index, bookmark lookup

index, bookmark lookup

Post by mr bo » Sat, 17 Aug 2002 17:40:50



SQL Server 7
A certain query needs around 15% of the rows in a table
with ~10 million rows. I have a non clustered index,
containing one INT column, which exactly identifies these
rows.
However, the optimiser decides to do a clustered index
scan of the whole table. The clustered primary key
consists of 2 INT columns.
If I force the query to use the index, it runs slower with
the 'bookmark lookup' taking up 80% of the time (according
to the execution plan anyway, I don't know how reliable
this is).
Is this normal? Should I endeavour to design non-clustered
indexes so that they 'cover' queries, so that
the 'bookmark lookup' isn't necessary? For overnight jobs,
is it good practice to build a covering index, run the
query and drop the index?
 
 
 

index, bookmark lookup

Post by Andrés Taylo » Sat, 17 Aug 2002 20:36:16


Hi there,

If the 15% of the rows are mostly clustered together, in larger or smaller
ranges, the bookmark lookup will make a big difference. Whether you should
build the index, run the query and then drop it, there's only one way to
find out - test it. If the total time it takes for build index, query, drop
index is less than just querying without index, I'd say go for it.

Just remember that creating indexes might lock resourses from other users.

I think, without knowing anything about your table structure or data, that
I'd try creating a covering index for that query.

HTH,
--
Andrs Taylor


http://www.sql.nu/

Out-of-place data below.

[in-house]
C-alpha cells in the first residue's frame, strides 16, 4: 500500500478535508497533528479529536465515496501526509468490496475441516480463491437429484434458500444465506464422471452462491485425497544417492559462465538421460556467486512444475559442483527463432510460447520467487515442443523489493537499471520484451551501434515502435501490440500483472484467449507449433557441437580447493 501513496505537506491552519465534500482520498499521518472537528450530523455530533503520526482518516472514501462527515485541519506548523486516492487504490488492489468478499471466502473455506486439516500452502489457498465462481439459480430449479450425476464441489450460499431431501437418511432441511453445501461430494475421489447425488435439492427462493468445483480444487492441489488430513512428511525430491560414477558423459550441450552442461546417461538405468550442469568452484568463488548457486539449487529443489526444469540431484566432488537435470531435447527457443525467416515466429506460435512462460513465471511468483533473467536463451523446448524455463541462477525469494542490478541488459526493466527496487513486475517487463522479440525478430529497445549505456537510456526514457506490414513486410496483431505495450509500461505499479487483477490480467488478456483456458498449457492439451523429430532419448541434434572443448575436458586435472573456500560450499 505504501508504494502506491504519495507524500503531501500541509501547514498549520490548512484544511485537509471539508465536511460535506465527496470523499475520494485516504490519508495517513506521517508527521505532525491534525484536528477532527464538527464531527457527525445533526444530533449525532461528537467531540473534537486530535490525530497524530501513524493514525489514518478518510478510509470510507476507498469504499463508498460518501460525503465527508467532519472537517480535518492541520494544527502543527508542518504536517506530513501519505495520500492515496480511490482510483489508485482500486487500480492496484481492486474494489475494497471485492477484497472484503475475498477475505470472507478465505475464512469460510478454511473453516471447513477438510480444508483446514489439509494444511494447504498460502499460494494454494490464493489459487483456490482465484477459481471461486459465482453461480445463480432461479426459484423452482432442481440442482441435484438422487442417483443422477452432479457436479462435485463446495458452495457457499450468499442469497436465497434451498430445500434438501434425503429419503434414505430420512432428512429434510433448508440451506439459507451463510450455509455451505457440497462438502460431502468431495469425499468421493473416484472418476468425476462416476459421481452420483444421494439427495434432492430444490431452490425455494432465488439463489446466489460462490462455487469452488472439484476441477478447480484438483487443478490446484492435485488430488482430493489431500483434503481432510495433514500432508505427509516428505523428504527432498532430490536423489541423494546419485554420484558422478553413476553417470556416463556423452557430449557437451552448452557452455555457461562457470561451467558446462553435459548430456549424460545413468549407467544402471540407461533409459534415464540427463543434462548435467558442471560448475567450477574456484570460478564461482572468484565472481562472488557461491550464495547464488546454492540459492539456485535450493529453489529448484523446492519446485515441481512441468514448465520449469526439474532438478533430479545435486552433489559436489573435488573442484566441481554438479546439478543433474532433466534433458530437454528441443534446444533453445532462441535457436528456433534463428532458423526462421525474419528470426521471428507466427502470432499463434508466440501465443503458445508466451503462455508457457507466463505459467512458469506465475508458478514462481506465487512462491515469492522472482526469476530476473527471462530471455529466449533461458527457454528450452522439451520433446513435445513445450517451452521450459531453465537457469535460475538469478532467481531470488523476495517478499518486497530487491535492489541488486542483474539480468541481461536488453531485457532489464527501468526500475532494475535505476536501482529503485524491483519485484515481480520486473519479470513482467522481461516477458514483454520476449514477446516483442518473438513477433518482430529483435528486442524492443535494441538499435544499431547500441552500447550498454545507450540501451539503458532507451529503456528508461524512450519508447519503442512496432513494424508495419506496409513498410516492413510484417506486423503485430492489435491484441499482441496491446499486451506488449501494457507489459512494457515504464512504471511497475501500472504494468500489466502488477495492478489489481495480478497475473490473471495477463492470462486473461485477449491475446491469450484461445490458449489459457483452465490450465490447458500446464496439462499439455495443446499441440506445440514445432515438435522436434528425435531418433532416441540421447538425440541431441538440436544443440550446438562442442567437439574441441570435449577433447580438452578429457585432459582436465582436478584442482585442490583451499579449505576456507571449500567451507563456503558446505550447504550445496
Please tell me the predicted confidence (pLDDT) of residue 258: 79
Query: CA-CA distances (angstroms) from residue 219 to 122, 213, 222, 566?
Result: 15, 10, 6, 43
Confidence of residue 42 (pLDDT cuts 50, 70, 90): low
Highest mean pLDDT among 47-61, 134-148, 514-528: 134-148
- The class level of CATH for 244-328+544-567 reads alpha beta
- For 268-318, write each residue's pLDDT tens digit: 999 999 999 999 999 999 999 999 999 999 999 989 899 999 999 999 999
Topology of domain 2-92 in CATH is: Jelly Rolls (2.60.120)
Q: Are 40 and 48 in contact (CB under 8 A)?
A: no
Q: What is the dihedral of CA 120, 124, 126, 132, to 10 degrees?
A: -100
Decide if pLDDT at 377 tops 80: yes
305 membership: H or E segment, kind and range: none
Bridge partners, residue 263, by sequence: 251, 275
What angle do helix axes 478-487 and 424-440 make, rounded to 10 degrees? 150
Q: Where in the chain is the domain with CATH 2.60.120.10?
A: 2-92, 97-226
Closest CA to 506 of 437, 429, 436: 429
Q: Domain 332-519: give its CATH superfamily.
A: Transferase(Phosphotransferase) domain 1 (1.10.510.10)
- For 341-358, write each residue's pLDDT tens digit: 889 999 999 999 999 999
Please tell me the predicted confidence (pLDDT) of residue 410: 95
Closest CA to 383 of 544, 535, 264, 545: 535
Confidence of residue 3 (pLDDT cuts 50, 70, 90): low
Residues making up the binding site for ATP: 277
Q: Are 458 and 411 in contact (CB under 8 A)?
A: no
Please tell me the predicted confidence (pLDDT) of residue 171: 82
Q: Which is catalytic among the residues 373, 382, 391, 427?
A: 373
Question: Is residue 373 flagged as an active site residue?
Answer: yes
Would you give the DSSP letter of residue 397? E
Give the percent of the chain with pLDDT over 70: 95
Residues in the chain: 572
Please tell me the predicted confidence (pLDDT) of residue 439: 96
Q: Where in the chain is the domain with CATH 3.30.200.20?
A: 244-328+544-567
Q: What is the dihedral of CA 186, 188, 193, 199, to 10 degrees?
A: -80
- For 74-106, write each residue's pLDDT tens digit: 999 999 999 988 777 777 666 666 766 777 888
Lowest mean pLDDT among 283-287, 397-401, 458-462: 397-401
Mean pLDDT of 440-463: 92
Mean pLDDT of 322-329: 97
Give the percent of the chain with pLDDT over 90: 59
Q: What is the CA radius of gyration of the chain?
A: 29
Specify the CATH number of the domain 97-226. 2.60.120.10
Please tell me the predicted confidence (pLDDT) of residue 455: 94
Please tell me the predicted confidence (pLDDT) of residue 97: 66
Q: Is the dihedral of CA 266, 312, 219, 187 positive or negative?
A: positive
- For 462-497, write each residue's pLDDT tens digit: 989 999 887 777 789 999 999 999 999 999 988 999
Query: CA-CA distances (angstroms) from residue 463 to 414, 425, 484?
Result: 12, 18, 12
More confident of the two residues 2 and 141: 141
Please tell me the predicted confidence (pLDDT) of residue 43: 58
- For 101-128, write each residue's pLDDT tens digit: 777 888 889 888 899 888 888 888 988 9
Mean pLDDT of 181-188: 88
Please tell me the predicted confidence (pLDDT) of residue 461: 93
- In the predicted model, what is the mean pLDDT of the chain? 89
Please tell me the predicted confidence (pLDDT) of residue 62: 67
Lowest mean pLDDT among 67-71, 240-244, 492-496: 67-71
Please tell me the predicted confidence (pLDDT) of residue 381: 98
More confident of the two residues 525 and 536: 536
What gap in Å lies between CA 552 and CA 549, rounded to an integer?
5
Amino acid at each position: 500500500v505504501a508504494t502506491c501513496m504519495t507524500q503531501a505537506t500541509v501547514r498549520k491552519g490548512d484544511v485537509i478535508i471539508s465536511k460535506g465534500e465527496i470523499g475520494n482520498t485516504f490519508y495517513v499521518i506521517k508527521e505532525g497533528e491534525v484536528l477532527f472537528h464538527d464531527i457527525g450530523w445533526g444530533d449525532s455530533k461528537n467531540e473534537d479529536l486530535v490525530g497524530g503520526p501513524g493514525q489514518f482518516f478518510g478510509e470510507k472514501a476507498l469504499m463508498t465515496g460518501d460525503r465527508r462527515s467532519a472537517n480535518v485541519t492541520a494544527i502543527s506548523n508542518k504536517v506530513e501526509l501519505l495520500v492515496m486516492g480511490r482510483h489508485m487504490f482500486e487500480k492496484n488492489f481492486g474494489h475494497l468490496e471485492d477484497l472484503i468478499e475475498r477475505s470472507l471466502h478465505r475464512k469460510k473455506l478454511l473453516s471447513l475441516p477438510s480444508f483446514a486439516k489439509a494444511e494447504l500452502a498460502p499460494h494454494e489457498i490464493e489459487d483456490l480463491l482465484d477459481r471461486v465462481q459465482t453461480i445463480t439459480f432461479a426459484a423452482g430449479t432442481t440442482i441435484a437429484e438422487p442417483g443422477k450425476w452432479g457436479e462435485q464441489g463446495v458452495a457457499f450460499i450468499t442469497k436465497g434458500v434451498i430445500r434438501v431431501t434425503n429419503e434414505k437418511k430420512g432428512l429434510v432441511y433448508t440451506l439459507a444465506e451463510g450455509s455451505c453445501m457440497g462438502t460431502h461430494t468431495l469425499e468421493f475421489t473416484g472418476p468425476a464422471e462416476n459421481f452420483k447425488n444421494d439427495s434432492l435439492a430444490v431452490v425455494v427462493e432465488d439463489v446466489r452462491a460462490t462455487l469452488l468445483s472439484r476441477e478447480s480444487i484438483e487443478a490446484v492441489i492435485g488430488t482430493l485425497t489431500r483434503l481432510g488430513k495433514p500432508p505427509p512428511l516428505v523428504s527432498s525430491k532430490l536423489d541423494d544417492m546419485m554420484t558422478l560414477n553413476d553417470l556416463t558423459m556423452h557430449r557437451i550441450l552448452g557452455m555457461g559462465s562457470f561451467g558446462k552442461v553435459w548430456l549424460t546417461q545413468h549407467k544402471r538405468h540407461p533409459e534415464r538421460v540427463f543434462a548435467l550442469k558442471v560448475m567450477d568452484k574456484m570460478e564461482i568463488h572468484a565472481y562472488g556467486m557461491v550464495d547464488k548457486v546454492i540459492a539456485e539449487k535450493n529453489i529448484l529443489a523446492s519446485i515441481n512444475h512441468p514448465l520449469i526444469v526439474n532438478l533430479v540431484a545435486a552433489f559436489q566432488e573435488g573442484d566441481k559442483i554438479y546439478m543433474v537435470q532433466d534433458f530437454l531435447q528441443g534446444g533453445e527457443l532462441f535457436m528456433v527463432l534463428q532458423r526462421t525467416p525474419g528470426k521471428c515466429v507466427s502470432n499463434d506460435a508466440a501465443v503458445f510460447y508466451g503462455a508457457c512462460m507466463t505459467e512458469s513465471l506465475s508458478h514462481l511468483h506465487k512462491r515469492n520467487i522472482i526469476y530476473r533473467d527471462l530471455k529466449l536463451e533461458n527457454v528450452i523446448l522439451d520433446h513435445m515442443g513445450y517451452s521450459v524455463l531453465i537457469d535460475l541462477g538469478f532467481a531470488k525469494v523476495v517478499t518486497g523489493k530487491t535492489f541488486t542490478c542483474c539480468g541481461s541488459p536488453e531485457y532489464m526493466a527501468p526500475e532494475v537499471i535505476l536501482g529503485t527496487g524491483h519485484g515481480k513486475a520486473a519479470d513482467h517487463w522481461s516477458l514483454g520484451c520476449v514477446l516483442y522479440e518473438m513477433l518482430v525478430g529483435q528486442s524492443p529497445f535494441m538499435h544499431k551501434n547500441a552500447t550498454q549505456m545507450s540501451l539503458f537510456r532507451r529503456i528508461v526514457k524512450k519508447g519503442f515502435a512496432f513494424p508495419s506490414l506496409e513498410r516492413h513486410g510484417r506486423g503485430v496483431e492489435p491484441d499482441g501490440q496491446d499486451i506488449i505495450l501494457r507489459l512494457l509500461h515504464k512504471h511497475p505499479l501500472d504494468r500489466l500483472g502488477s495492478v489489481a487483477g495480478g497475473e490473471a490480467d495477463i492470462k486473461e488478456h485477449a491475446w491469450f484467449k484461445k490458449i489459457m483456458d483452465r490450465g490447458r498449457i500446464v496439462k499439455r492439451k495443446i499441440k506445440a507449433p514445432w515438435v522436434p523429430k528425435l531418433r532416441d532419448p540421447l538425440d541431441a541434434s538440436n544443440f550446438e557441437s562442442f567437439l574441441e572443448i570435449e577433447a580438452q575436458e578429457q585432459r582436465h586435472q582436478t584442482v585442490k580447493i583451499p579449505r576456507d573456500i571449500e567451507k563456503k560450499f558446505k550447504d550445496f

Quote:> SQL Server 7
> A certain query needs around 15% of the rows in a table
> with ~10 million rows. I have a non clustered index,
> containing one INT column, which exactly identifies these
> rows.
> However, the optimiser decides to do a clustered index
> scan of the whole table. The clustered primary key
> consists of 2 INT columns.
> If I force the query to use the index, it runs slower with
> the 'bookmark lookup' taking up 80% of the time (according
> to the execution plan anyway, I don't know how reliable
> this is).
> Is this normal? Should I endeavour to design non-clustered
> indexes so that they 'cover' queries, so that
> the 'bookmark lookup' isn't necessary? For overnight jobs,
> is it good practice to build a covering index, run the
> query and drop the index?


 
 
 

index, bookmark lookup

Post by Andrew J. Kell » Sat, 17 Aug 2002 20:46:55


Most queries that return more than just a few % of the total amount of rows
the optimizer will choose a table scan over using the index.  Maybe it makes
sense to make this column the clustered index so it can do a partial scan
(assuming it is a range query).  Whether or not you can benefit overall from
adding more indexes (or larger covering indexes) can only be determined by
testing.  You don't always need all the columns from the select in one
compound index to get around a table scan.  Sever indexes may be used
together with Index Intersection to get the desired results.  You may want